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Flourishing As a Collaborative Payer Model in Missouri

January 29, 2014
by Rajiv Leventhal
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Essence Healthcare is accomplishing healthcare’s Triple Aim “plus one”
Deborah Zimmerman, M.D.

As reimbursement cuts and other payment changes put intensifying pressure on physicians and medical groups, accountable care offers new opportunities for collaboration between payers and providers. Over the last decade, health insurers across the country have been practicing aspects of accountable care through the collaborative payer model, a care delivery innovation jointly developed by a payer and provider in which operational support tools, information, and technology help manage patient populations.

In Missouri, Esse Health—a group of about 70 primary care physicians in the St. Louis area—started Essence Healthcare in 2004, an insurer that offers coverage under the Medicare Advantage program, serving more than 40,000 members. Essence Healthcare provides its network of providers a collaborative payer model.

Essence was an early adopter of the St. Louis-based Lumeris’ (Lumeris provides operational support to Essence Healthcare and Esse Health) cloud-based accountable delivery system platform (ADSP), which was purpose-built for population health management, and helps the plan integrate claims and patient data from across the continuum of care to create a holistic and accurate view of plan performance against various cost, quality and utilization metrics, says Deborah Zimmerman, M.D., who is chief medical officer of both Lumeris and Essence Healthcare, a role that allows her to focus on clinical quality. “This position suits me perfectly as a physician, because I get to help other providers succeed in value-based care,” she says.

Via the ADSP, Essence pinpoints opportunities for improvement in these areas and then engages primary care physicians in the network to address them via a host of web-based platform applications and tools. There are more than 150 quality metrics in the platform, including the 33 metrics part of the Medicare Shared Savings Program (MSSP) accountable care organization (ACO), HEDIS (Healthcare Effectiveness Data and Information Set), NCQA (National Committee for Quality Assurance), payer-driven, and other evidence-based care measures. “Our commitment to collaboration and information transparency has enabled the plan to achieve significant reductions in overall costs while improving quality performance, as well as member and physician satisfaction,” Zimmerman says.

According to Zimmerman, the ADSP aggregates and analyzes data from across the continuum of care— including electronic medical record (EMR) encounters, claims, pharmacy, lab, and other available data. It rationalizes that data to establish a unified, accurate view of patient care and population health, she explains.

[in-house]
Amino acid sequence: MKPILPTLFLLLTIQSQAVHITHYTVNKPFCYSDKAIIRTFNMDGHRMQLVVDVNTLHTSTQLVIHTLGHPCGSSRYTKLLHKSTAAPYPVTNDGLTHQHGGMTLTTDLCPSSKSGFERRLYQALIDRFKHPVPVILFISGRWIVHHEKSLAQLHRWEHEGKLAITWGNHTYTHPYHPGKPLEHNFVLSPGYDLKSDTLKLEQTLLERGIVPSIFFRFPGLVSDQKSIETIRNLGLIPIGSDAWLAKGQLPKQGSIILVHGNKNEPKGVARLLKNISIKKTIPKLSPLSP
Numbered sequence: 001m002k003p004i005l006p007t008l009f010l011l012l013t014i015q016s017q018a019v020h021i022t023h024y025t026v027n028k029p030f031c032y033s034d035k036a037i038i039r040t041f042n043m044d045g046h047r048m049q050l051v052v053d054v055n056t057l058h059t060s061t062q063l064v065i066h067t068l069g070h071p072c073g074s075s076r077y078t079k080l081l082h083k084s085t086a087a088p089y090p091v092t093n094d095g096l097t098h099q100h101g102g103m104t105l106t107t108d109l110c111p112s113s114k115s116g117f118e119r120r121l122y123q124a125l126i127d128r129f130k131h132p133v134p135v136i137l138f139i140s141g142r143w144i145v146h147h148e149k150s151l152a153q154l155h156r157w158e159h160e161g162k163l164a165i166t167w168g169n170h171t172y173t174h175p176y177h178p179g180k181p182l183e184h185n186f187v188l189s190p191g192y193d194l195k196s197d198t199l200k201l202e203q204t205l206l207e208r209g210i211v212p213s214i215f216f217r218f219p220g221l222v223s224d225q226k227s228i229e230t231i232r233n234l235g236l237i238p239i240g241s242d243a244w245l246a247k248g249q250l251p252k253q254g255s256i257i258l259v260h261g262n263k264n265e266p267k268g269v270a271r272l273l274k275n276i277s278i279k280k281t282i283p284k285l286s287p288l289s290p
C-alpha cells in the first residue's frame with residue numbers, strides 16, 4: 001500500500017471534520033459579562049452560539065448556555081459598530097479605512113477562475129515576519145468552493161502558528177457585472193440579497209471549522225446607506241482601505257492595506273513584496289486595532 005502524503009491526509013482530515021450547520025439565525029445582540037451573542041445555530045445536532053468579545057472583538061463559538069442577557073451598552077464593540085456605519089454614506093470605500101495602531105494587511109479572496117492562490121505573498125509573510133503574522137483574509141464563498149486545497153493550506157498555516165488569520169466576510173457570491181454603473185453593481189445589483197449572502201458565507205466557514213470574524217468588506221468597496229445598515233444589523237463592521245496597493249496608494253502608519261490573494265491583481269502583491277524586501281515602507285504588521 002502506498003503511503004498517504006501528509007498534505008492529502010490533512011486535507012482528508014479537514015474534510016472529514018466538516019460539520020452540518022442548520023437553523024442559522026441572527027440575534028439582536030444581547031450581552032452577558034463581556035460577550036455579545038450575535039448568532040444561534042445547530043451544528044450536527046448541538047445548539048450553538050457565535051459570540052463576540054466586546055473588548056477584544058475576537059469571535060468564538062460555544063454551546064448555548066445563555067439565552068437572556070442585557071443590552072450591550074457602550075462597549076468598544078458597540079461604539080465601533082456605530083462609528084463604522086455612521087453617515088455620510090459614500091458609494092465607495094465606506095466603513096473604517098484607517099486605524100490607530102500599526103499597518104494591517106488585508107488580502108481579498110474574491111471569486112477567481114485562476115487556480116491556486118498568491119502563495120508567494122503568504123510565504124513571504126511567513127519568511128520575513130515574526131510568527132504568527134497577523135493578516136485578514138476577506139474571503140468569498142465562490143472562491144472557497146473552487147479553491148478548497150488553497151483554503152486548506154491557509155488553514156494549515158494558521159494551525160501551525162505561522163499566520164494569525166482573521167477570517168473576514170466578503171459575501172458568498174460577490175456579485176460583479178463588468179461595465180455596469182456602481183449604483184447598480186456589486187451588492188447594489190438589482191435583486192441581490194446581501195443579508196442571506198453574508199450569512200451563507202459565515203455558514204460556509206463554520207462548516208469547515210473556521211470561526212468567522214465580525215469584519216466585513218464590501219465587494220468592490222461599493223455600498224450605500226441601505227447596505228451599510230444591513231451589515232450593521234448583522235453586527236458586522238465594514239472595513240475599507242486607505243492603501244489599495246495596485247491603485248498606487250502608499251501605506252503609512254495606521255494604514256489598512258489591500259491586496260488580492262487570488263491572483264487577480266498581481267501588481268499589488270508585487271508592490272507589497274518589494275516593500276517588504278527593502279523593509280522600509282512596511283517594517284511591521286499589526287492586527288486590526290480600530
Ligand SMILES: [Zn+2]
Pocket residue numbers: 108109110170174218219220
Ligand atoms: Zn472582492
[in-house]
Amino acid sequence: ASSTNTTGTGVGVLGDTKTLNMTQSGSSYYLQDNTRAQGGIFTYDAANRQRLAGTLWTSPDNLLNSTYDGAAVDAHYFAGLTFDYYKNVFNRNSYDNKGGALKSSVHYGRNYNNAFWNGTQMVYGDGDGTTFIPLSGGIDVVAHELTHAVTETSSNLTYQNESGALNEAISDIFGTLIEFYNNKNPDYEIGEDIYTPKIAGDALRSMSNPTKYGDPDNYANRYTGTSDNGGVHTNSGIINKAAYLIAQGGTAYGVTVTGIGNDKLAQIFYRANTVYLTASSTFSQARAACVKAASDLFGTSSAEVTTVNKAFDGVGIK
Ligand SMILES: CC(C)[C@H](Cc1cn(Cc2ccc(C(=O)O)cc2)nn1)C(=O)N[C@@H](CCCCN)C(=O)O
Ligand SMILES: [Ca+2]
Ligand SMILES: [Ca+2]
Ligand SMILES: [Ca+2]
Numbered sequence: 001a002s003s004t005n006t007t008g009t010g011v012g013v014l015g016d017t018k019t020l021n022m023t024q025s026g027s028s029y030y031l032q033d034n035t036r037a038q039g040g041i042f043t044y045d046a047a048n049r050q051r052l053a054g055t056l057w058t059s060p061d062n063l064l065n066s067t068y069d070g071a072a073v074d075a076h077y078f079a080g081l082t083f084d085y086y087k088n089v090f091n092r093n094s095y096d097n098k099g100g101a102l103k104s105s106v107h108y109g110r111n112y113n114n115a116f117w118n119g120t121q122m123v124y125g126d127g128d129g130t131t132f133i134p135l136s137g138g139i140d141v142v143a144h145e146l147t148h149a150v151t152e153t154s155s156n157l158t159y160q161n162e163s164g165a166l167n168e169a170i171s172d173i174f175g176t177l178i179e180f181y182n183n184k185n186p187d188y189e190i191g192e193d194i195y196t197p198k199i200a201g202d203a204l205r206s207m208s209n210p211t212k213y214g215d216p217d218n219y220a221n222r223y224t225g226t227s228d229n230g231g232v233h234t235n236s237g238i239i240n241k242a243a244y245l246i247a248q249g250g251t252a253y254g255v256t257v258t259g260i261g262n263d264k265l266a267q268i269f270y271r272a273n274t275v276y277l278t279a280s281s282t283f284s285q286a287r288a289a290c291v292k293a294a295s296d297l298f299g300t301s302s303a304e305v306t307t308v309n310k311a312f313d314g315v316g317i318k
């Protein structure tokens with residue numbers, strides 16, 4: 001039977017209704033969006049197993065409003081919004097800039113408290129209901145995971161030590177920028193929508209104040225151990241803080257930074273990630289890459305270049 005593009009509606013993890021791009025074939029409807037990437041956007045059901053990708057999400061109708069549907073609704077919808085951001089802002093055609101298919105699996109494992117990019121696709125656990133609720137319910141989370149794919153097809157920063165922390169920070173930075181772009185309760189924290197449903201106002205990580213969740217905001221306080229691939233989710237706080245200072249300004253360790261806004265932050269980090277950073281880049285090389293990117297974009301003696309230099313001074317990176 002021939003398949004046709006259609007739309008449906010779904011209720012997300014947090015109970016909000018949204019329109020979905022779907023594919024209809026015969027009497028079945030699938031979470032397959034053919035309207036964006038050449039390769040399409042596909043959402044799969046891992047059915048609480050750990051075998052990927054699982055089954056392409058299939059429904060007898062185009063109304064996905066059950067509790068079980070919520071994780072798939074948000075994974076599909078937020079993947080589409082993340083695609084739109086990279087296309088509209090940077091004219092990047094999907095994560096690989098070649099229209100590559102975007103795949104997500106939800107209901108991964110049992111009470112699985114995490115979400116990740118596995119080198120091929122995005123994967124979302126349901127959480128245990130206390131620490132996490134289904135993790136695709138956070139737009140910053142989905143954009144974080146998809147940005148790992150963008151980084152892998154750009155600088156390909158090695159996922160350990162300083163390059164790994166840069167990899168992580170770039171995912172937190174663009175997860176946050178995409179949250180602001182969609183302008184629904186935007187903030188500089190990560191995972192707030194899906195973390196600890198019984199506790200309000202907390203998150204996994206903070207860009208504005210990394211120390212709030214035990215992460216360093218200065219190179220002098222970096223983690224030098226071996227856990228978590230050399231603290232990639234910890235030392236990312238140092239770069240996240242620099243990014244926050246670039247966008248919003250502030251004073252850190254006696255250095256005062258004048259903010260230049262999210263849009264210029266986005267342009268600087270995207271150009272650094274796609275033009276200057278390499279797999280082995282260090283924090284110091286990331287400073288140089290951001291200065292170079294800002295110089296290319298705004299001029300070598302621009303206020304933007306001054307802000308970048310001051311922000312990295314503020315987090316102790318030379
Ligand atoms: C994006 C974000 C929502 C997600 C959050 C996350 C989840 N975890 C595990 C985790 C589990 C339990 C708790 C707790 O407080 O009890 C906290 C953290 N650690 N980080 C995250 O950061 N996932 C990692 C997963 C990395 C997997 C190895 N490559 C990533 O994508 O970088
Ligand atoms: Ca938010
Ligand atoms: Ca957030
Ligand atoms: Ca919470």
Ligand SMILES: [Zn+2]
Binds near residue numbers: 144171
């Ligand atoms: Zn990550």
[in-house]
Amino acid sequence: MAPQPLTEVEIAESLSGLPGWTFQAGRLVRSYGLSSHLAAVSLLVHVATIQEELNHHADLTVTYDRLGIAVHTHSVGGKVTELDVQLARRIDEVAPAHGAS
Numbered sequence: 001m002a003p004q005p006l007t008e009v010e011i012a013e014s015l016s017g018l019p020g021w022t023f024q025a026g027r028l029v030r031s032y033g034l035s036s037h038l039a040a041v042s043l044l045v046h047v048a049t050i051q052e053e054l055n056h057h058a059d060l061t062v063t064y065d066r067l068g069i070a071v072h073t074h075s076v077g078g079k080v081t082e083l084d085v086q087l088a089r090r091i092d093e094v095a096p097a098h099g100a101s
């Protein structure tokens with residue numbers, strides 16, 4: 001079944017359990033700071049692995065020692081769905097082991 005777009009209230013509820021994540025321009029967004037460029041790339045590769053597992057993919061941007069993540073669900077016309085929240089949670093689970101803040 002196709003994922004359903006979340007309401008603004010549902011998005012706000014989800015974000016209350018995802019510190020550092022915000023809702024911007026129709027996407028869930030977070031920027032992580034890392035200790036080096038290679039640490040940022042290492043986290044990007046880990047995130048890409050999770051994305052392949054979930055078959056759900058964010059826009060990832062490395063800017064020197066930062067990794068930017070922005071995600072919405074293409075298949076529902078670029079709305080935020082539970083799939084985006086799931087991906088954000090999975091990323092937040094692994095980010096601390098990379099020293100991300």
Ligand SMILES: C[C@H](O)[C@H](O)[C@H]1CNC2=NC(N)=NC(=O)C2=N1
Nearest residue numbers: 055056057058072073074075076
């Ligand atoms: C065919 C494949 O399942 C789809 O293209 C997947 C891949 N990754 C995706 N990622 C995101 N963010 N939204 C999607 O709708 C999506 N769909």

“As CMO of Essence, I use the ADSP every day to evaluate performance on quality, cost and utilization measures, and look for both clinical and financial improvement opportunities,” Zimmerman says. “My care managers use the platform to manage high-risk patients and close gaps in care.  My director of quality improvement uses the platform to monitor performance on quality metrics.  Our networked physicians use the ADSP to manage the health of their patients to view care reminders to close gaps in care, as well as to stratify their patient populations by needed interventions, outreach score and disease state.”

But the underlying key to success, says Zimmerman, is physician engagement and satisfaction, something that she strives for as Lumeris CMO. “Through the right incentives, tools and information, we empower physicians to change their behavior and make better-informed, value-based decisions. The results that we’ve achieved with Essence Healthcare map well to the Triple Aim “plus one” in terms of cost, quality and patient plus physician satisfaction,” she says.

In terms of cost, Essence has seen a 30-percent reduction in cost when compared to fee-for-service Medicare, reports Zimmerman. In terms of quality, the health plan has maintained Centers for Medicare and Medicaid Services (CMS) 4.5-star rating for three straight years, and in terms of patient satisfaction, ratings for the health plan are consistently above the national average in CAHPS (Consumer Assessment of Healthcare Providers and Systems) surveys, and 95 percent of patients are seen annually. “[And] our plus one—physician satisfaction—is reflected in more than 80 percent of physicians rating that they are satisfied with Essence, Zimmerman says.

While accountable care involves risk and reward sharing, and is a departure from the fee-for-service, volume-based care that the industry is used to, Zimmerman believes it is truly the nation’s best hope for achieving better health outcomes, lower costs, and improved patient plus physician satisfaction. “As the market evolves from fee-for-service to value-based care, [we are] helping providers assume more risk for managing their patients and populations,” she says. “And [to do that], technology-enabled solutions [are needed] to solve some of the industry’s biggest challenges.”